Farmers often fail to pass their farmland to the next generation. Maybe there’s a lack of interest in farming by other family members or an inability to make the family farm a profitable operation.

Perhaps the local communities have failed to make working farms welcome by passing unfavorable ordinances or zoning or by allowing imminent domain to break up valuable tracts. Whatever the reasons, the trend is evident and Tennessee is among the states attempting to address the issue.

“Tennessee has been losing an average of 1,300 family farms a year. That’s an average of 100,000 acres removed from productivity annually,” says Alice Rhea, a University of Tennessee Extension farm management specialist. Rhea and a broad team of UT faculty and Extension agents (Michael Wilcox, Jane Howell Starnes, Laura Howard, Christopher Clark, Alan Galloway, Dena Wise, and Christopher Sneed) have toiled to author a guidebook and present a series of estate planning workshops for those interested in exploring plans for the future use of their land.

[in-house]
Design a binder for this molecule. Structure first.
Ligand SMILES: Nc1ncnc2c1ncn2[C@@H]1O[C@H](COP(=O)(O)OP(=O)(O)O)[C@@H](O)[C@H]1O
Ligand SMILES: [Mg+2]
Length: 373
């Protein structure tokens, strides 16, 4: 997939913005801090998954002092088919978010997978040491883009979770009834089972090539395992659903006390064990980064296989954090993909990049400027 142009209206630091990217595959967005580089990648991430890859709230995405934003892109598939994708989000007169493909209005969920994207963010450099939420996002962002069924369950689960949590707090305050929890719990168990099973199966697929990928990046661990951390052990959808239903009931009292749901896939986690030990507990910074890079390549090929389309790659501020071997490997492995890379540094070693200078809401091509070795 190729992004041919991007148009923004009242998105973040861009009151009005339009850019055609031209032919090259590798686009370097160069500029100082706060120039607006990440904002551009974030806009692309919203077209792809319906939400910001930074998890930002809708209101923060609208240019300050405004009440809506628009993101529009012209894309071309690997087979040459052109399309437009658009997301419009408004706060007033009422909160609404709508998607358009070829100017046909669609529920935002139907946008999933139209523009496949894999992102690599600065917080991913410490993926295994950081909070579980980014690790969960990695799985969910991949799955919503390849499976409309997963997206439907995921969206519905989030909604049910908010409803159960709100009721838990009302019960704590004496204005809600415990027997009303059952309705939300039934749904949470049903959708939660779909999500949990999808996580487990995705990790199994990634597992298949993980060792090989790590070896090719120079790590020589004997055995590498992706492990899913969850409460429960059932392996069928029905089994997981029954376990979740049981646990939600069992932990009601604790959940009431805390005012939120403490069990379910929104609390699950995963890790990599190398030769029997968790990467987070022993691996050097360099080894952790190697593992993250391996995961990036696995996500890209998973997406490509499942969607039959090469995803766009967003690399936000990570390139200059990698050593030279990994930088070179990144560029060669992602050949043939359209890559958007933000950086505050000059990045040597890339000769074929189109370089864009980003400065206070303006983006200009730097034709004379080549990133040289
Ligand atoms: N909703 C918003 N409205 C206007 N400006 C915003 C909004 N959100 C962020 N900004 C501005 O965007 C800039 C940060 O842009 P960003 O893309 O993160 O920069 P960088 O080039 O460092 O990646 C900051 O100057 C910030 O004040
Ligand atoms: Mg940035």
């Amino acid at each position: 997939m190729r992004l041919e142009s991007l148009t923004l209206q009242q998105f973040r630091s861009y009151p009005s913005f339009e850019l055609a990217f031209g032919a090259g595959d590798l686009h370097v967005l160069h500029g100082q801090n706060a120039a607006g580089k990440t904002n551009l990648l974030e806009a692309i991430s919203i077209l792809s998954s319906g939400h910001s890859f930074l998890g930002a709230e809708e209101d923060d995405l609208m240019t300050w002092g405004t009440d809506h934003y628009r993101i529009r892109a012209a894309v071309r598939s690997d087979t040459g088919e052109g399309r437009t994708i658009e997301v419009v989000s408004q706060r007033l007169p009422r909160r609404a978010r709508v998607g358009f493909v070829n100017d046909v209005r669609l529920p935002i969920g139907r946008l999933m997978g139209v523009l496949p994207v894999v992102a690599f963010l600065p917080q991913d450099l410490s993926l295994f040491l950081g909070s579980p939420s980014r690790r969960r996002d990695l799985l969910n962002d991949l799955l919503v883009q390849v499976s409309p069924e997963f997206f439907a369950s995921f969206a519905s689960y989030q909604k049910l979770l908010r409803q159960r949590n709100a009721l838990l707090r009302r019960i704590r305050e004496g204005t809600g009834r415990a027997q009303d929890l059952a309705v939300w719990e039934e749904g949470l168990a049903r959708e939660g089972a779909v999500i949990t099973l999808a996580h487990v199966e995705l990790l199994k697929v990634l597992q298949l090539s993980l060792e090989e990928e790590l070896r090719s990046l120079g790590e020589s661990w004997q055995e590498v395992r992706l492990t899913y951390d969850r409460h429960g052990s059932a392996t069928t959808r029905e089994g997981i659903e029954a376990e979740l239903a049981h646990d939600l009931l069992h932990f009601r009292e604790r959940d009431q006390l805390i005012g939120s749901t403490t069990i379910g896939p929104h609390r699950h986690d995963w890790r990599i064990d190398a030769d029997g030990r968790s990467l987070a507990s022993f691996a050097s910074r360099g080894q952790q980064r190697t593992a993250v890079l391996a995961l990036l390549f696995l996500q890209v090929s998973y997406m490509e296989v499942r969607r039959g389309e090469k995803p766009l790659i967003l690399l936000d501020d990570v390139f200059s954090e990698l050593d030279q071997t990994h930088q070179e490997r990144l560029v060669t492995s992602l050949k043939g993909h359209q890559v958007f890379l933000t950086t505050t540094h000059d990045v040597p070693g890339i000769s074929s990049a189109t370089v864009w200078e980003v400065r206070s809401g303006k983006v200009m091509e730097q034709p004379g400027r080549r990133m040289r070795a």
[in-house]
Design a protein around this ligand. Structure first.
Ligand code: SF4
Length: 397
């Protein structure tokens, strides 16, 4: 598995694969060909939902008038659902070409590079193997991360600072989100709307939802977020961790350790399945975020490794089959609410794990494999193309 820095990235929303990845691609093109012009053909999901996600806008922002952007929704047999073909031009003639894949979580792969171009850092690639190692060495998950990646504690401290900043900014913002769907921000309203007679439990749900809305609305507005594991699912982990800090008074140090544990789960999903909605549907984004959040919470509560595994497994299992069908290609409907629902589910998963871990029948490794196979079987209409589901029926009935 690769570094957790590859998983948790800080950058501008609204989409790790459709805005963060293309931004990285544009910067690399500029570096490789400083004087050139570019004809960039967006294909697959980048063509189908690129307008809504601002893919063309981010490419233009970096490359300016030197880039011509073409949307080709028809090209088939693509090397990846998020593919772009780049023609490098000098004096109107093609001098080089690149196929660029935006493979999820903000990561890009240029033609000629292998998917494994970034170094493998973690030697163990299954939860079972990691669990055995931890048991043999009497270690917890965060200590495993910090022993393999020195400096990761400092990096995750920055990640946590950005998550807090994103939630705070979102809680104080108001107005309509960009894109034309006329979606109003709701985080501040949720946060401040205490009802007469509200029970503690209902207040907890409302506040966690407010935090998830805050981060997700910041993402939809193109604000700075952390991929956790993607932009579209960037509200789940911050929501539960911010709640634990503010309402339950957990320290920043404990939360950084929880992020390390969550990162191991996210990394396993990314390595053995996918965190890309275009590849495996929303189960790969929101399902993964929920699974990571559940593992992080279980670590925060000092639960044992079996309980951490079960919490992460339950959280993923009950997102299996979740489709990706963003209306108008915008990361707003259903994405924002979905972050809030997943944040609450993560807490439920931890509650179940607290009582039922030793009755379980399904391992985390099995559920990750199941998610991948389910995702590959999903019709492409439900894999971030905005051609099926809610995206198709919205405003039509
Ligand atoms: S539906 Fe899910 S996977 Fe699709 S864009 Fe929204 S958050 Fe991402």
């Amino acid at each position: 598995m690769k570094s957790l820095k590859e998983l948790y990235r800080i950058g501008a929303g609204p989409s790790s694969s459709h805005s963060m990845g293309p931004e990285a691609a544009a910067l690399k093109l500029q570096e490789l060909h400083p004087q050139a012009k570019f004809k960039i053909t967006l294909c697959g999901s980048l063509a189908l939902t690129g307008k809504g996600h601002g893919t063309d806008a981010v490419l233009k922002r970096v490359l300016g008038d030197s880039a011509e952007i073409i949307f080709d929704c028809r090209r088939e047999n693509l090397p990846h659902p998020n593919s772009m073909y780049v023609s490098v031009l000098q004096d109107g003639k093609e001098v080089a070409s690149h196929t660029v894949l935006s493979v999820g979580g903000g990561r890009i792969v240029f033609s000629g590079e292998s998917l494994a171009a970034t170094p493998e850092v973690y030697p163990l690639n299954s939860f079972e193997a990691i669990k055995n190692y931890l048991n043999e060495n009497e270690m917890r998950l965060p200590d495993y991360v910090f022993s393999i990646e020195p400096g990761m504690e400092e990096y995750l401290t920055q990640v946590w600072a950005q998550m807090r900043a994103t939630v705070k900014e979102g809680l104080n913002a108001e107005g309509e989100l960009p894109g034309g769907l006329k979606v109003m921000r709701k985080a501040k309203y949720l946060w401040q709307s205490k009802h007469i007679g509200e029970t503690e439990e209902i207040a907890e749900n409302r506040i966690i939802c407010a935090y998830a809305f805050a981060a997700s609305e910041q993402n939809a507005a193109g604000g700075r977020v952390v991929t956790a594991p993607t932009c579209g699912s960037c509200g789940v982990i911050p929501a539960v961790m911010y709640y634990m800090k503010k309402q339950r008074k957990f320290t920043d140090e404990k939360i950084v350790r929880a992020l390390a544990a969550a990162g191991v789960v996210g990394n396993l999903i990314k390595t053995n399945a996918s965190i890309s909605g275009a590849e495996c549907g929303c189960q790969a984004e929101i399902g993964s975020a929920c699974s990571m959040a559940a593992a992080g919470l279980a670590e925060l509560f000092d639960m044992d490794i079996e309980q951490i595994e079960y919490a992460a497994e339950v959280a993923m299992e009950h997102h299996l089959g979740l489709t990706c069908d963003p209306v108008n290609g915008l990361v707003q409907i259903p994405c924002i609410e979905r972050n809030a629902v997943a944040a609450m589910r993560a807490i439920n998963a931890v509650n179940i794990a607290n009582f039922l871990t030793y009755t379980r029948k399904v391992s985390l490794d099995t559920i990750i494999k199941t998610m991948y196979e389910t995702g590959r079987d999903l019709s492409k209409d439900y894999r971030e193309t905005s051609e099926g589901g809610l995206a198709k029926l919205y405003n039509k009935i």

To date some 20 workshops have been presented to some 644 landowners across the state. Participants have ranged from first-generation farmers to those who have worked their family’s Century Farm for all their lives.

UT Extension is one of 12 organizations that have joined to dedicate resources for the preservation of the state’s farmland. The Tennessee Farmland Legacy Partnership was formed to encourage both farm-level and community-level planning to promote the preservation and viability of working farms in Tennessee.

Partnership members, including the Tennessee Department of Agriculture, the Tennessee Farm Bureau Federation, Cumberland Region Tomorrow and the Land Trust for Tennessee, believe the future of Tennessee’s $3 billion agriculture industry depends on the ability of exiting farmers to transition their land and resources to new generations of farmers, some of whom have no access to affordable and productive land.